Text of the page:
The Catholic Church is the only religion and the only institution on Earth that recognizes and keeps these forces in balance, and that is why it is the only rational faith and the only truth. Likewise, not only does the need for this balance make the Catholic Church the city on a hill, the secure fortress in a foaming sea of insecurity, but the Church is also the perfect environment in which to incubate saints and grow them from infancy to maturity. We are called to come to Christ as little children, and this requires a complete trust in what we are being fed. If we had to — as the Protestants do — reinvent the wheel over and over again, and discover for ourselves and understand and define every dogma, we would inevitably fall into error, and we certainly wouldn’t be able to stand on the shoulders of giants like Augustine and Aquinas and so many others and be able to accept as truth even what we cannot understand (and that with which we may not even agree).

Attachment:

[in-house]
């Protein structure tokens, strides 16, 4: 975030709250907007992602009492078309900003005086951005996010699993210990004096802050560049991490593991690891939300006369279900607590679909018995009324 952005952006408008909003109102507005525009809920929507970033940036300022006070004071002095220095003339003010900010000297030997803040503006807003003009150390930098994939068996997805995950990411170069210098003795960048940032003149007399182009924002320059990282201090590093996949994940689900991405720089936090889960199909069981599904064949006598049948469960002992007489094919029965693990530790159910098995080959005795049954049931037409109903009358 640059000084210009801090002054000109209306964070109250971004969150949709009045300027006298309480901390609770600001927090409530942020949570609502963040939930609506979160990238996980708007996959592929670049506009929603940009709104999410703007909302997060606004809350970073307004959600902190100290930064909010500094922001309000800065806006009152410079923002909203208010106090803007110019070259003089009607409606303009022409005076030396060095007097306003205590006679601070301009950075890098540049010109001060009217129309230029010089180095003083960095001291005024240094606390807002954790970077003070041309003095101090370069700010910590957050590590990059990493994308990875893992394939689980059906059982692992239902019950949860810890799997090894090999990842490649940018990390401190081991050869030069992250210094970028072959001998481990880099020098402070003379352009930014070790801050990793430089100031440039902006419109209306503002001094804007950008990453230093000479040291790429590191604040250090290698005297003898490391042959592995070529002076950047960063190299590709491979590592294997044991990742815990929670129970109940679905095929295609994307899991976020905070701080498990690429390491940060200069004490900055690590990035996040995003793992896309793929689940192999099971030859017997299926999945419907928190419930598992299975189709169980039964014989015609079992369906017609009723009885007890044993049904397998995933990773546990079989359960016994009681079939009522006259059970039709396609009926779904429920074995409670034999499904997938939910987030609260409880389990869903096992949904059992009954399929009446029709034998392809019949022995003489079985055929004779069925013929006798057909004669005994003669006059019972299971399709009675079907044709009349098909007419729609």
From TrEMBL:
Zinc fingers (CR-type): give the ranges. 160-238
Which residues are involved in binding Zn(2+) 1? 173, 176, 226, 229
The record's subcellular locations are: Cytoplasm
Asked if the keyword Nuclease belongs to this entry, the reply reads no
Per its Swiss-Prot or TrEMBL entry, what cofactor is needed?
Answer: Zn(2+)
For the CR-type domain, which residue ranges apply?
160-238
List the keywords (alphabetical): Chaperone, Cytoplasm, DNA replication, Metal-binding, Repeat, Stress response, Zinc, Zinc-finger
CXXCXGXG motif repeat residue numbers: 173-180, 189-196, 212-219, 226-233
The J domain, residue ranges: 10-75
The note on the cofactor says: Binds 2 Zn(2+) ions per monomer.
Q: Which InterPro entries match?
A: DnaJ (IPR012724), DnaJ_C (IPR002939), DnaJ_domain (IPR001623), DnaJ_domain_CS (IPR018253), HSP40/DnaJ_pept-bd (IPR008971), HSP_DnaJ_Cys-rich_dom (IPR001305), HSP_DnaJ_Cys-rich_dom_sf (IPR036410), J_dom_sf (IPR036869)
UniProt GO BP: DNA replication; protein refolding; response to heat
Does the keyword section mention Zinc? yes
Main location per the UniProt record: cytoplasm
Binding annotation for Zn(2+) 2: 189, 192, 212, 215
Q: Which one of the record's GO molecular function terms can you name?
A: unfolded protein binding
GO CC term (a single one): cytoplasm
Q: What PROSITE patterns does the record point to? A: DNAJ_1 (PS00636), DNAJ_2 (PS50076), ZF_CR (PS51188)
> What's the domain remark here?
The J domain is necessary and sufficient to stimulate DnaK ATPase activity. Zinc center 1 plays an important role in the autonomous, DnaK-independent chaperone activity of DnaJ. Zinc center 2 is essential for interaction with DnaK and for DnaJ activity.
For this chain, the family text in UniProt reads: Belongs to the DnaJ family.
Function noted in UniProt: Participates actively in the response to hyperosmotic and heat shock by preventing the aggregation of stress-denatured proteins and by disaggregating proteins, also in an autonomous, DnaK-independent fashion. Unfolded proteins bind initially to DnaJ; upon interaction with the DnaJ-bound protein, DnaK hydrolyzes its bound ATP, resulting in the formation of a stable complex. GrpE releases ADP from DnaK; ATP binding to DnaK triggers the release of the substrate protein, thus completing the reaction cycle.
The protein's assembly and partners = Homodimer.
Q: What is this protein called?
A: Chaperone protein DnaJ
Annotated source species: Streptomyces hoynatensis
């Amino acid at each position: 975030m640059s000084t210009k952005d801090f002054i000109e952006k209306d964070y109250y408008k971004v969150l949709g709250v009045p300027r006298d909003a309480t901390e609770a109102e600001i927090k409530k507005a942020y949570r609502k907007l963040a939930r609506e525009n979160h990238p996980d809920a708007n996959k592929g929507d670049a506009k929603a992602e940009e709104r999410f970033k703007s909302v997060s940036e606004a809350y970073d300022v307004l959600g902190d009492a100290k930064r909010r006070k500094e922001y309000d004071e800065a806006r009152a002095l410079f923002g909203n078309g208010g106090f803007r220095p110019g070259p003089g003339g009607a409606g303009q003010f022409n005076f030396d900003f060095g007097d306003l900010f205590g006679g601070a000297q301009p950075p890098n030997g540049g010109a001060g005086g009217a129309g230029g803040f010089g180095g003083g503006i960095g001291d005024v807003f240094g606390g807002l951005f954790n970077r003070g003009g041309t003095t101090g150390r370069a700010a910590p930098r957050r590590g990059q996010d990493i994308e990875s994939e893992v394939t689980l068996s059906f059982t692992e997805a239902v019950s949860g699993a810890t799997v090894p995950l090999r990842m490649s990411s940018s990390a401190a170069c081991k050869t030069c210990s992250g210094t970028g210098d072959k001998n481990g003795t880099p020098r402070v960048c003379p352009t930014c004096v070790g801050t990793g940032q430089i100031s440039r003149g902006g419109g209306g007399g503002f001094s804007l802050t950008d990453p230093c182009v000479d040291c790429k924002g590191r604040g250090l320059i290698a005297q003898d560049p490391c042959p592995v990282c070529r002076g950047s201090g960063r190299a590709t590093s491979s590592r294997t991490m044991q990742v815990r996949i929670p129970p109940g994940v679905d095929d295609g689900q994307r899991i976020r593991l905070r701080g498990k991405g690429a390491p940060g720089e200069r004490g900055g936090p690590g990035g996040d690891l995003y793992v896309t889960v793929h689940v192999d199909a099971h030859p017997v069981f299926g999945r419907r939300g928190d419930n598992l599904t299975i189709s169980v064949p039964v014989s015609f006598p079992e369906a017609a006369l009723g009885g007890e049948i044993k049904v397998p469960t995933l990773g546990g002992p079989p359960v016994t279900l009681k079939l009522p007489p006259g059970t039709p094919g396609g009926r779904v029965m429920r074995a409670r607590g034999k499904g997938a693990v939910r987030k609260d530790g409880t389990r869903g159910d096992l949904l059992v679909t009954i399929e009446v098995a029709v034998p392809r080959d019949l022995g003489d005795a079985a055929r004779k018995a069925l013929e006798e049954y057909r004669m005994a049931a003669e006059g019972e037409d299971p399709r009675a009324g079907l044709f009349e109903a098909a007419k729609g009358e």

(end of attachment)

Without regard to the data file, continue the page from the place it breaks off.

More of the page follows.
God instituted a covenant (an exchange of persons — “I will be your God, and you will be my people”), not a contract (“I will do this for you, if you do that for me”). This covenant, perfectly formed in that faith-reason balance, is what allows us to be the sheep and allows us to trust the Good Shepherd. It paves the way for us to come to Him as Proverbs 3:5 calls for: humbly and meekly, trusting not in our own understanding, but in His love. It also makes our faith so much more sure, for when someone challenges our Faith, we need not worry if we cannot give them all the right answers, and give them a reason for every article of Faith. Catholicism is true, whether we can personally prove it or not, and the proof of this is in the necessity of this faith-reason balance, which only the Catholic Church teaches and only the Catholic Church claims.